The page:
Atlantic Tropical Weather Discussion (Text)

AXNT20 KNHC 122327

Tropical Weather Discussion
NWS National Hurricane Center Miami FL
627 PM EST Tue Dec 12 2017

Tropical Weather Discussion for North America, Central America
Gulf of Mexico, Caribbean Sea, northern sections of South
America, and Atlantic Ocean to the African coast from the
Equator to 32N. The following information is based on satellite
imagery, weather observations, radar and meteorological analysis.

Based on 1800 UTC surface analysis and satellite imagery through 
2315 UTC.


The monsoon trough enters the Atlantic Ocean through Liberia,
Africa and continues to near 06N13W. The Intertropical Convergence
Zone extends from 06N13W to 07N20W to 04N35W to the coast of NE 
Brazil near 02N51W. Scattered moderate isolated strong convection 
is within about 180 nm north of ITCZ axis W of 30W.


A reinforcing and dry cold front extends from northern Florida 
across the northern Gulf waters to south Texas. The front will 
move across the southeast Gulf by early Wed morning followed by 
moderate to fresh NW winds over the eastern Gulf, and gentle 
moderate northerly winds elsewhere. A 1033 mb high pressure 
located over Texas extends a ridge over the remainder of the Gulf
region, and will continue to build eastward in the wake of the
front. This will reinforce the cool and dry airmass over the 
State of Florida. Cold air stratocumulus clouds are noted ahead of
the front moving quickly southward. Patches of low level clouds 
with embedded light showers are over the Bay of Campeche, where a 
surface trough is analyzed on the 1800 UTC surface map. The next 
cold front will move into the northern Gulf waters Thu, and reach
from the Florida Big Bend area in the NE Gulf to near Tampico 
Mexico by early Fri.

A quasistationary frontal boundary persists across the basin and
extends from eastern Cuba to the SW Caribbean near 10N82W. The 
most recent scatterometer pass showed fresh to strong northerly 
winds within about 240 nm to the W of the front and mainly south
of 20N. A band of broken to overcast multi-layered clouds prevails
to the W of the front affecting from eastern Cuba to western 
Panama and Costa Rica. Some convective activity is also noted 
along the frontal boundary just south of Jamaica. A swirl of low
clouds is seen on visible satellite imagery near 15N71W related to 
a weak easterly perturbation. Light to gentle winds dominate the 
eastern Caribbean with seas generally below 5 ft based on altimeter
data and buoy observations. The front is forecast to meander 
across the central Caribbean and gradually weaken through Thursday.

Moisture is forecast to increase across the island on Wed as the
frontal boundary currently located over eastern Cuba drifts eastward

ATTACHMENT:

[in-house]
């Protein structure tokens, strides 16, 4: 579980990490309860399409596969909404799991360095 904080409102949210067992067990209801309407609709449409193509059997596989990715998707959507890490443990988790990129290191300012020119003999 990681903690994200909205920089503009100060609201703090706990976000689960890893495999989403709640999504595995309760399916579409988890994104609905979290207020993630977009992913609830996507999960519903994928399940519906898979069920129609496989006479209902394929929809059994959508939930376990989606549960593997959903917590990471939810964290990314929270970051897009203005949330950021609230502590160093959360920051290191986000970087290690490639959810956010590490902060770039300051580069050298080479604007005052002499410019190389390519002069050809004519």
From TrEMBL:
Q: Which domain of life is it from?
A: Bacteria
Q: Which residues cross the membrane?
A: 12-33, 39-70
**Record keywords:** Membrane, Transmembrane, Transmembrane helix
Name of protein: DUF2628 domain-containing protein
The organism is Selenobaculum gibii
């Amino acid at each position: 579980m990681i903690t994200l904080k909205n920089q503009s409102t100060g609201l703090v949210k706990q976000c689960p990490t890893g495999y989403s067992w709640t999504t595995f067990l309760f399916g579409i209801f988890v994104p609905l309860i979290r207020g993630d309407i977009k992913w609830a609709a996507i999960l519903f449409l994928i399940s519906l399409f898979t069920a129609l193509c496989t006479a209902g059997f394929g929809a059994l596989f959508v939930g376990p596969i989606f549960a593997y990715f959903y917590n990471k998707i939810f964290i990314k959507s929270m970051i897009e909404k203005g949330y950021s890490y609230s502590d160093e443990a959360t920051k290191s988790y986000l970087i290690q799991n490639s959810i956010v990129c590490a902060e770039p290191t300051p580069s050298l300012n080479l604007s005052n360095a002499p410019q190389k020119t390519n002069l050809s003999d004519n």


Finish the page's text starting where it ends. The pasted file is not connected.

across the Windward Passage into Hispaniola. This will increase 
the likelihood of showers Wed and possibly Thu. 

A quasistationary frontal boundary enters the forecast area near 
31N59W, then continues SW to the SE Bahamas and eastern Cuba into 
the Caribbean Sea. A band of multi-layered clouds with embedded 
showers is associated with the front forecast to dissipate by late
Wed. A reinforcing cold front is just moving off NE Florida and 
it is forecast to reach from near Bermuda to NW Cuba early on Wed.
Fresh to strong SW flow is noted ahead of this front mainly N of 
30N. A weak and narrow surface ridge extends from the Gulf of 
Mexico NE across S Florida to near Bermuda ahead of this 
reinforcing front. A third cold front enters the Atlantic Ocean 
through Mauritania, west Africa and continues W, then NW to near 
23N34W. The remainder of the Atlantic Ocean is under the influence
of a 1033 mb high pressure located just south of the Azores. 
Fresh to locally strong anticylonic flow is seen S and SW of the 
ridge, and generally E of 53W, where a surface trough is found 
drifting W. The pressure gradient between this high and a low 
pressure system over west Africa is resulting in gale force winds 
from 28N-31N between the coast of Africa and 13W. Fresh to strong 
winds are spreading west and south between the coast of Africa and
the Canary Islands.

For additional information 
please visit http://www.hurricanes.gov/marine


Standard version of this page

Alternate Formats
About Alternates - E-Mail Advisories - RSS Feeds

Cyclone Forecasts
Latest Advisory - Past Advisories - About Advisories

Marine Forecasts
Latest Products - About Marine Products

Tools & Data
Satellite Imagery - US Weather Radar - Aircraft Recon - Local Data Archive - Forecast Verification - Deadliest/Costliest/Most Intense

Learn About Hurricanes
Storm Names Wind Scale - Prepare - Climatology - NHC Glossary - NHC Acronyms - Frequently Asked Questions - AOML Hurricane-Research Division

About Us
About NHC - Mission/Vision - Other NCEP Centers - NHC Staff - Visitor Information - NHC Library

Contact Us

NOAA/ National Weather Service
National Centers for Environmental Prediction
National Hurricane Center
11691 SW 17th Street
Miami, Florida, 33165-2149 USA
Privacy Policy
About Us
Career Opportunities
Page last modified: Tuesday, 12-Dec-2017 23:27:36 UTC